David John Ritter – Interview Transcript (Part 5 of 6)

Interview Transcript from Illawarra Stories Wollongong City Libraries Oral History Project –

David John Ritter Part 5 of 6

Interviewer: Jo David

Interview date: 22  April 2016

Jo:  Dapto Oral History Project.  Today we are talking to David John Ritter, of Dapto born on the 5th November 1944 at Crow’s Nest, New South Wales.  Hello David, thank you for speaking with us today.

David:  That’s all right.

Jo:  Now David you attended St. John’s school here at Dapto.

David:  I sure did.

Jo:  Yeah, you’ve got a little bit of background about St. John’s you’d like to share with us.

David:  Yes.  We don’t know if, was St John’s but in 1880, Mary MacKillop, now Saint Mary MacKillop, approached the Bishop of Brisbane asking if she could set up a school in Brisbane, or, and the Bishop up there refused.  So undaunted she came down to Sydney, saw the Bishop in Sydney and the Bishop said, “Yes, you can set up a school in Dapto.”  So, in 1880 she, she arrived with, I think it was with four Nuns, arrived out at West Dapto.  Out there at that stage was an old school, the church, and of course our Parish priest, and the Parish priest at that time was Father Petrie.  When they arrived Petrie said, “Well, you better live at my place.”  And he moved out, and he went down to Albion Park, and in 1881 he became the Parish priest of Albion Park.  So, in 1880 we obtained a school, but lost our Parish priest.  Right – so the school was set up there at West Dapto in 1880, then in 1900 it was moved from West Dapto to Jeramatta Street where it is today.  The reason it was moved was because a) the old school was right in the middle of a flood plain, and they got flooded out a few times.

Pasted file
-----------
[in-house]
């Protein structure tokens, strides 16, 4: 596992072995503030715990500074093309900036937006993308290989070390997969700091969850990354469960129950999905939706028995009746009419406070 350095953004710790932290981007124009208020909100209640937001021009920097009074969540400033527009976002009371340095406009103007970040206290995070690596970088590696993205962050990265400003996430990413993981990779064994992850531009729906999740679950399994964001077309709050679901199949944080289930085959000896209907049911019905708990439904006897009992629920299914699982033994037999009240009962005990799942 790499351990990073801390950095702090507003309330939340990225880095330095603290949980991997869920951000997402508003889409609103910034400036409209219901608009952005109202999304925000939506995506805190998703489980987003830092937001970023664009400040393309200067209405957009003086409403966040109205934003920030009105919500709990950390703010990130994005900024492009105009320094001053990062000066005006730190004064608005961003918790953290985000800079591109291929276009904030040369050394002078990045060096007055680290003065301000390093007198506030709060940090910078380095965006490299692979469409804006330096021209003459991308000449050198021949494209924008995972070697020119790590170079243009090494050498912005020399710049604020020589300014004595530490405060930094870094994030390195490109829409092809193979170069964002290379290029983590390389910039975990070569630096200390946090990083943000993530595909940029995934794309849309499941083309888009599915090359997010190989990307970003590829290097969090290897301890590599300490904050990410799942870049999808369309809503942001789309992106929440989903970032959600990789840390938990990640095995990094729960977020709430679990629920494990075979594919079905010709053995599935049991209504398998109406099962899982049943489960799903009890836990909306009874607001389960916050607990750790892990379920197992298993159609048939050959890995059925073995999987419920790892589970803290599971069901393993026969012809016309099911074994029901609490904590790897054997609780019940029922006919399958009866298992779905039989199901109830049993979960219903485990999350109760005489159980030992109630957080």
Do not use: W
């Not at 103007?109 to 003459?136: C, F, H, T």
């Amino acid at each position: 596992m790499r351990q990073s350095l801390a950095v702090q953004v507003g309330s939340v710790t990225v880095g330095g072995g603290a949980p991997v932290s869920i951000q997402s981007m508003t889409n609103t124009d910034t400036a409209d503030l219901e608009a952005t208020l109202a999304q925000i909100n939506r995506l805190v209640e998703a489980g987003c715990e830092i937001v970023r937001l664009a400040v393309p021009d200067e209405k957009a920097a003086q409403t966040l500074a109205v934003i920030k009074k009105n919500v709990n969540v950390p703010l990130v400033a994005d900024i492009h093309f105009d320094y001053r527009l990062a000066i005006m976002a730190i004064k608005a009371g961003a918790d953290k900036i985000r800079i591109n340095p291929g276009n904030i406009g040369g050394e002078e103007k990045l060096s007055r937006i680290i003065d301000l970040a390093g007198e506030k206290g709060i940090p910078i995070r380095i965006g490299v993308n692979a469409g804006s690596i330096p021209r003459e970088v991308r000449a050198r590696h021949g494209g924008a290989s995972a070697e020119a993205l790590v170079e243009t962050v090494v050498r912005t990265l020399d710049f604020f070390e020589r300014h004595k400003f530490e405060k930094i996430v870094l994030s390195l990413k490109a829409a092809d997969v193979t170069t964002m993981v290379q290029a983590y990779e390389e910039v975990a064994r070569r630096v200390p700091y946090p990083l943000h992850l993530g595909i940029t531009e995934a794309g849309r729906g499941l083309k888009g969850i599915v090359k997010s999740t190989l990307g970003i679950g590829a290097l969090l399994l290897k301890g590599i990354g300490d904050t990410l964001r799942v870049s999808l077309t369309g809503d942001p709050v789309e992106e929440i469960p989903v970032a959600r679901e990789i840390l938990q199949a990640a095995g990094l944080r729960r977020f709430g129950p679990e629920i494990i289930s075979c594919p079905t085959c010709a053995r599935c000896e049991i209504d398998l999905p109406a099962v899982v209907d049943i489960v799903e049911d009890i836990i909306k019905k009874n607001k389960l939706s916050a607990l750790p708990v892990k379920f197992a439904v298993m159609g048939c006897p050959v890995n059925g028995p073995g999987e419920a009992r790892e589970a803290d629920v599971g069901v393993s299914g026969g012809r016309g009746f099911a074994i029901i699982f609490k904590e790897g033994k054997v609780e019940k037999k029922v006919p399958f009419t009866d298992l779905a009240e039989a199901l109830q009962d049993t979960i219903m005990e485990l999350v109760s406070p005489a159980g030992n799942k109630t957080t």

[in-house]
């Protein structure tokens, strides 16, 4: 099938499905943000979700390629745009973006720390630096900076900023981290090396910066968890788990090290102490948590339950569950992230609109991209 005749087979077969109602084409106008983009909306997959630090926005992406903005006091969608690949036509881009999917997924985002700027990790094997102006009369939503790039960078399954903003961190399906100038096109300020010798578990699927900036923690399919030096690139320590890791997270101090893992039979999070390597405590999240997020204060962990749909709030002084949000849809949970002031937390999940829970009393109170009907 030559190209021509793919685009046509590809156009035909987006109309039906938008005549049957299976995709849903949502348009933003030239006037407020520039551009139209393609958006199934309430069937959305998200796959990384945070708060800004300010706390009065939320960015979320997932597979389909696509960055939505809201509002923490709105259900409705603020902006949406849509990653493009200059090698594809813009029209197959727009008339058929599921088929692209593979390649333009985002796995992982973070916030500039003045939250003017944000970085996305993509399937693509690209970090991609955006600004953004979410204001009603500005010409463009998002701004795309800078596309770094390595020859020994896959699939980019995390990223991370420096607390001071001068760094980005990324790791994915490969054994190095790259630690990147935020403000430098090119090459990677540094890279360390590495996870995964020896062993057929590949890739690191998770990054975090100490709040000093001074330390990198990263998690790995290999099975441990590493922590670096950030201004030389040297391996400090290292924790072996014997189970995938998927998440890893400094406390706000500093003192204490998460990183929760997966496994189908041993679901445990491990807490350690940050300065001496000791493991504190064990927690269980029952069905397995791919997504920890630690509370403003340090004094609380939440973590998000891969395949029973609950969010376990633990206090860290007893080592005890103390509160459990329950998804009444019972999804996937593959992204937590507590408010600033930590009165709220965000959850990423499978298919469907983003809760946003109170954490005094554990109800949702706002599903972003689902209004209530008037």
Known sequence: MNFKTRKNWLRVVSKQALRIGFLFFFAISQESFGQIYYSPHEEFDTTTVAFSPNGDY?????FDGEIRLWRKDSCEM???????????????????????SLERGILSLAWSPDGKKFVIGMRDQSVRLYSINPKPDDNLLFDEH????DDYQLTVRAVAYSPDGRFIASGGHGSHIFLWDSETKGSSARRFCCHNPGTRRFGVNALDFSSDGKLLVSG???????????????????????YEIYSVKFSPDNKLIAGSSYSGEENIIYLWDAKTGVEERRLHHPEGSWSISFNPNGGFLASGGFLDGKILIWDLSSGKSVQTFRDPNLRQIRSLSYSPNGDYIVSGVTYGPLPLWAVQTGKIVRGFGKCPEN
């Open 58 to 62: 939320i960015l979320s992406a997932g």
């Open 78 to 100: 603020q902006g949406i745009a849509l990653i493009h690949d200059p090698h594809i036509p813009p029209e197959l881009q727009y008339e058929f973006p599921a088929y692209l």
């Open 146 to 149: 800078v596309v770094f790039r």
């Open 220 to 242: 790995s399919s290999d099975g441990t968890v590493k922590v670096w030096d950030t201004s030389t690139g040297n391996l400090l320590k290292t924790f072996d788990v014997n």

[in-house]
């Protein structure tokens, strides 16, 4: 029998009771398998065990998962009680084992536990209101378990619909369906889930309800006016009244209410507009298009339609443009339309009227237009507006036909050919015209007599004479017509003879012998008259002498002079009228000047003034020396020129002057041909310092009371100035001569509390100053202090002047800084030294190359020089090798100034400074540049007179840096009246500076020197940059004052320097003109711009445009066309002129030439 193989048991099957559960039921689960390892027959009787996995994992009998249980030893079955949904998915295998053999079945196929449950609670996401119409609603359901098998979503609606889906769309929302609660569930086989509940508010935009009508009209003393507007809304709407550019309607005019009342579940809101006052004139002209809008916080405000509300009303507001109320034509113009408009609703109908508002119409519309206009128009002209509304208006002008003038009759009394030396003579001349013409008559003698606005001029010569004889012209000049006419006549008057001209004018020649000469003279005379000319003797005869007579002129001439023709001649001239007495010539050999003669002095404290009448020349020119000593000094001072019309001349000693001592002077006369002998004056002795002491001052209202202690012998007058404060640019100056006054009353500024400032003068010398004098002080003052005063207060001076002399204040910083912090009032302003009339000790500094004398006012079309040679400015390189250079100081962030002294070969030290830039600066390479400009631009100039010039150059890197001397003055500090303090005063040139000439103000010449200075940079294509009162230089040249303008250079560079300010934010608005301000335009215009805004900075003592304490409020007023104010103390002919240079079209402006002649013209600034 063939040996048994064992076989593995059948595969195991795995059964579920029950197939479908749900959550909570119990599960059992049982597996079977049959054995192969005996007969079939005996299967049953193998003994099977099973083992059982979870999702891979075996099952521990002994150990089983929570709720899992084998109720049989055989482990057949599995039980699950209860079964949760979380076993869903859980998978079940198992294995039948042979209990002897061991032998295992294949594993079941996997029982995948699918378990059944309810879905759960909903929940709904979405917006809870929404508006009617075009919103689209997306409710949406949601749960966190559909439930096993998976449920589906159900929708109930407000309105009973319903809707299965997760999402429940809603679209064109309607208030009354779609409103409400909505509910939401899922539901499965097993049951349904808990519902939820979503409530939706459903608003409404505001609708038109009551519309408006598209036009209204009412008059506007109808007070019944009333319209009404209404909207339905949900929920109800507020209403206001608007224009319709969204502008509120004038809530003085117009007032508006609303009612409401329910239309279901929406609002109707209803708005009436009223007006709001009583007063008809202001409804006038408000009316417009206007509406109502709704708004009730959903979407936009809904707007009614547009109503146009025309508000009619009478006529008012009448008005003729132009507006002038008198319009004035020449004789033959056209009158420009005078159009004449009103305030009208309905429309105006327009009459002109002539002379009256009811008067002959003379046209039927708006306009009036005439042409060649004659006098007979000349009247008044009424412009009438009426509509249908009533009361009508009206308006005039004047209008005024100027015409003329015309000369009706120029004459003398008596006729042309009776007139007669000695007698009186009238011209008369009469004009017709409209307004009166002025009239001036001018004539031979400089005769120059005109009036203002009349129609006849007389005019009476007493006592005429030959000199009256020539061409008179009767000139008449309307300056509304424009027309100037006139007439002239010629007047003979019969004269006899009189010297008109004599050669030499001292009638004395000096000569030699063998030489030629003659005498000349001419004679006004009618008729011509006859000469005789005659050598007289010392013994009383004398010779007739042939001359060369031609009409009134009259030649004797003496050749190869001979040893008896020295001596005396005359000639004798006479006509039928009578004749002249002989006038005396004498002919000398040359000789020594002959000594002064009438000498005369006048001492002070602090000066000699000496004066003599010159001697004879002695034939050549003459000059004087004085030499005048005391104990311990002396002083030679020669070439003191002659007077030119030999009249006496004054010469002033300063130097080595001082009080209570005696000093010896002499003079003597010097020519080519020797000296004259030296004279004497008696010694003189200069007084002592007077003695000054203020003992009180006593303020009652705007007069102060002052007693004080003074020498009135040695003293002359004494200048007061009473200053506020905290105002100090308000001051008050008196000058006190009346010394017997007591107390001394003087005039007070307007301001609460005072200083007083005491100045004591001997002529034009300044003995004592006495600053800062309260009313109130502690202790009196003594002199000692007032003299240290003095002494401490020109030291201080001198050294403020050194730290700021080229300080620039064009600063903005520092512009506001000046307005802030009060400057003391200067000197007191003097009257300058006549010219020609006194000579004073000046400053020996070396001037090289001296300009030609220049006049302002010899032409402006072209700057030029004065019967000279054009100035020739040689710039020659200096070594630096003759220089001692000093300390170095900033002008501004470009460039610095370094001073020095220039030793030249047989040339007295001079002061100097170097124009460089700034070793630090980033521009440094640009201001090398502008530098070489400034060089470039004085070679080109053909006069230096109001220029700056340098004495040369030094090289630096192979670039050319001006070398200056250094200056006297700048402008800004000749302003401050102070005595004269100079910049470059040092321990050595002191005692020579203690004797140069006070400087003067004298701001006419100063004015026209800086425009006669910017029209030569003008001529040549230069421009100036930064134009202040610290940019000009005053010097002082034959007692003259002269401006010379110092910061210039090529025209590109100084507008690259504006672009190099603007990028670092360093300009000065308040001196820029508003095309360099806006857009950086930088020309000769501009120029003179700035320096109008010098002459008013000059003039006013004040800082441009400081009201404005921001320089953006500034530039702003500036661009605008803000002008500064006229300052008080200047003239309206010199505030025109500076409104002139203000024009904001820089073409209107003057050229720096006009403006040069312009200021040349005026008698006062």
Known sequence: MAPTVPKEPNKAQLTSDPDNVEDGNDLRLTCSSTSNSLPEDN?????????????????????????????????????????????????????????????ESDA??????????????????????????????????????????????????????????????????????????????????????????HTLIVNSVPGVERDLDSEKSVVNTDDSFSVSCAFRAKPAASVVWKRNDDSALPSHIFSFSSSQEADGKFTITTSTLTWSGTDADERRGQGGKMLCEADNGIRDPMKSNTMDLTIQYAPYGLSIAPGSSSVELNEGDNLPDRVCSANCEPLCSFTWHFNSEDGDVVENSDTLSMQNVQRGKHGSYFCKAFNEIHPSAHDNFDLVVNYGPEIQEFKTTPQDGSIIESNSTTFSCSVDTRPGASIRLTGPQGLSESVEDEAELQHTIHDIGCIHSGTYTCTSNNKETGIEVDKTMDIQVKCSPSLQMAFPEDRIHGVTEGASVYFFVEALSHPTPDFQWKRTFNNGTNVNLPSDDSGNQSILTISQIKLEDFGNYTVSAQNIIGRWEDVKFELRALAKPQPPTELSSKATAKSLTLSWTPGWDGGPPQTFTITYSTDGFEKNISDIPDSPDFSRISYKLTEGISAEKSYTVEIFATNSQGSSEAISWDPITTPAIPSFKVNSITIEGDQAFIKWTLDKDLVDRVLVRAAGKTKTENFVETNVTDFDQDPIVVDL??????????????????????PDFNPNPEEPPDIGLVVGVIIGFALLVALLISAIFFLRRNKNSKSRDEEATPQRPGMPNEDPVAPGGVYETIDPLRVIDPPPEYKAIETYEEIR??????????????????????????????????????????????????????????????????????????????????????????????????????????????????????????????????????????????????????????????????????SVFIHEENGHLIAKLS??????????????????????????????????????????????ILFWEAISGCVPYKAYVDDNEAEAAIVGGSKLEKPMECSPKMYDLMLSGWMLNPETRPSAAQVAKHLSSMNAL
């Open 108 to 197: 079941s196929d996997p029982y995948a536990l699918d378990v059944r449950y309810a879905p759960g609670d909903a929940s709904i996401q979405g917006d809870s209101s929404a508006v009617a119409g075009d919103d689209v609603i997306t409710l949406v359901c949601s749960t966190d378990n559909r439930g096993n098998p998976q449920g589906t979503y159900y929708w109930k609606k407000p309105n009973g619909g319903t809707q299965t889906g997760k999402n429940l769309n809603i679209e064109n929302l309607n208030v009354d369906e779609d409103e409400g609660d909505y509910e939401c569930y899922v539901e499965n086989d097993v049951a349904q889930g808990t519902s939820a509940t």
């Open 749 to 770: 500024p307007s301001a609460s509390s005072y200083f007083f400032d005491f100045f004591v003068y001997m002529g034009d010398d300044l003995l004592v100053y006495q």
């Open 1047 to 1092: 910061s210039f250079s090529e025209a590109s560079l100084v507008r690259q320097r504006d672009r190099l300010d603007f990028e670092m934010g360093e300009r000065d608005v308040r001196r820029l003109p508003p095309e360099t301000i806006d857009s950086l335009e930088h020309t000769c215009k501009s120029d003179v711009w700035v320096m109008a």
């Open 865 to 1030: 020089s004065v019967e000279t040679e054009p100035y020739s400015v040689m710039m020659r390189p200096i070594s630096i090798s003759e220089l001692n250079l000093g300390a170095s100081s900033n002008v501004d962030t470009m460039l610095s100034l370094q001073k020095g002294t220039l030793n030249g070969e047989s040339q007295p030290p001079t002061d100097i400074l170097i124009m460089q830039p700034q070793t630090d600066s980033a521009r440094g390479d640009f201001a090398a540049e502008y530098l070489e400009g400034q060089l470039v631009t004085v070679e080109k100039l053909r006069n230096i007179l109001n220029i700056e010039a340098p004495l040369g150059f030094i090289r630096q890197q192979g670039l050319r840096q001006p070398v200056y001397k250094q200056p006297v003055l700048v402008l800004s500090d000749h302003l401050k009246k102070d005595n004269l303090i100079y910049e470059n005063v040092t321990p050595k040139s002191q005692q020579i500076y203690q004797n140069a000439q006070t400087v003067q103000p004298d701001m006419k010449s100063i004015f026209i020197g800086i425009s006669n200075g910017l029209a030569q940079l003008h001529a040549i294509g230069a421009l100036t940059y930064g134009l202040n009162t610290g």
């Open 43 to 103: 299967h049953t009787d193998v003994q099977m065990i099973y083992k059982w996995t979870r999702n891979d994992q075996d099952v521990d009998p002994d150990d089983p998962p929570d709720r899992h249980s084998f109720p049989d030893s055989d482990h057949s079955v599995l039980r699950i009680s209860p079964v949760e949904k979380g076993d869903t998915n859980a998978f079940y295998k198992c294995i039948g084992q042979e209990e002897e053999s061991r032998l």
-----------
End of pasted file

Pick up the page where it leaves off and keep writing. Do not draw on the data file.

So, I actually started at St. John’s in February 1950.  In that, those days it was just a little school in a L-shaped.  There were 3 classrooms, the front classroom on to Jeramatta Street was 5th and 6th class.  The, um, little L-shape that used to face out towards the old church was 3rd and 4th class and of course, ah, the back section, closest to the Convent was where 1st and 2nd class was.  There was no kindergarten, no preschool in those days.  You started school when you were 5.  I think if you turned 5 before 30th June you could start that year, but if you turned 5 after the 1st, on the 1st of July or after, you had to wait to the year after to start school. When I started at school, I think there would have been no more than 60 students in the whole school.  Ah, as I said there were 3 teachers, each teacher would serve, have 2 classes going at the same time, teaching both 1st class, 1st class and 2nd class and 3rd and 4th class.

Ah, the Sisters I remember when I started were Sister Bernard Joseph who I think was Mother Superior, Sister Benedict and Sister Cornelius. Now Sister Cornelius was the scourge. [laughter]

Jo:  Had to have one I guess, eh!

David:  Ah, I remember when we were in 2nd class and heading towards the end of the year, we keep saying, “We hope Sister Cornelius is not doing 3rd and 4th class next year.” [laughs]   Oh! We were terrified of her. Anyway, we were lucky because in 3rd and 4th class we didn’t have Sister Cornelius, she went on to do 5th and 6th class, I think, and we got another teacher.